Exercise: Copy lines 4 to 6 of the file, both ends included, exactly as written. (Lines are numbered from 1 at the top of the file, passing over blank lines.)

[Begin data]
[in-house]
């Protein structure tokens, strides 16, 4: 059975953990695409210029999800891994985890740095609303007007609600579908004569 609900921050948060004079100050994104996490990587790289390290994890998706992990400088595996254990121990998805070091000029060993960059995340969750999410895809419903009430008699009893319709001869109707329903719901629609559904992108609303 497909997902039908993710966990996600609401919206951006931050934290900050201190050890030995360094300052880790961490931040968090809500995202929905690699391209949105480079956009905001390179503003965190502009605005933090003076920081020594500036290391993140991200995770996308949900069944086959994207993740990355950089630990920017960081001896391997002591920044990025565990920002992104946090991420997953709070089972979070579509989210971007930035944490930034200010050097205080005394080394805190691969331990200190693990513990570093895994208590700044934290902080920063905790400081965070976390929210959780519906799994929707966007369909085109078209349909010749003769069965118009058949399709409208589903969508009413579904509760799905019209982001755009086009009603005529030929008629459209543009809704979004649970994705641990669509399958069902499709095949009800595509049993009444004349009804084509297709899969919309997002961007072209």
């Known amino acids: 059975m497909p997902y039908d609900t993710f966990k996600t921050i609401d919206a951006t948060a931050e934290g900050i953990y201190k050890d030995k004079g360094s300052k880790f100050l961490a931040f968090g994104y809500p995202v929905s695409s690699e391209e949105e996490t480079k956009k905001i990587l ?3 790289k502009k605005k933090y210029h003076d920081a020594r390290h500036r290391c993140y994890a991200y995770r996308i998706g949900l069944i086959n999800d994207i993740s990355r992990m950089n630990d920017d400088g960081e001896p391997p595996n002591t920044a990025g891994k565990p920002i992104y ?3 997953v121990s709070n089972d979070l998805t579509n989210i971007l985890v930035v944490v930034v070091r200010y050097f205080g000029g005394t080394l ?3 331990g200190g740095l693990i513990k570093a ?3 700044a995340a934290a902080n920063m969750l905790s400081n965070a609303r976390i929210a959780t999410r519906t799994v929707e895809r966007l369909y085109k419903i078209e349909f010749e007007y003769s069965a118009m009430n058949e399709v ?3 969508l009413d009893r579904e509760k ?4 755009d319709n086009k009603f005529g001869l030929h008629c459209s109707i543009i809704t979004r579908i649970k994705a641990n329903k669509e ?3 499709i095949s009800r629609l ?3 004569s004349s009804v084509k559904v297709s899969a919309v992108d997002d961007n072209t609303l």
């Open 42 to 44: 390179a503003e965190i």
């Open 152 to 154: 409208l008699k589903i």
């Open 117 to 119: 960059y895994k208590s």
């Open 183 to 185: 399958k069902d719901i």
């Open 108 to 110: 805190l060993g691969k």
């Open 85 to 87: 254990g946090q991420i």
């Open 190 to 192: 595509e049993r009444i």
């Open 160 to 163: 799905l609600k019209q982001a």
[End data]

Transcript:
């Open 42 to 44: 390179a503003e965190i």
């Open 152 to 154: 409208l008699k589903i």
């Open 117 to 119: 960059y895994k208590s």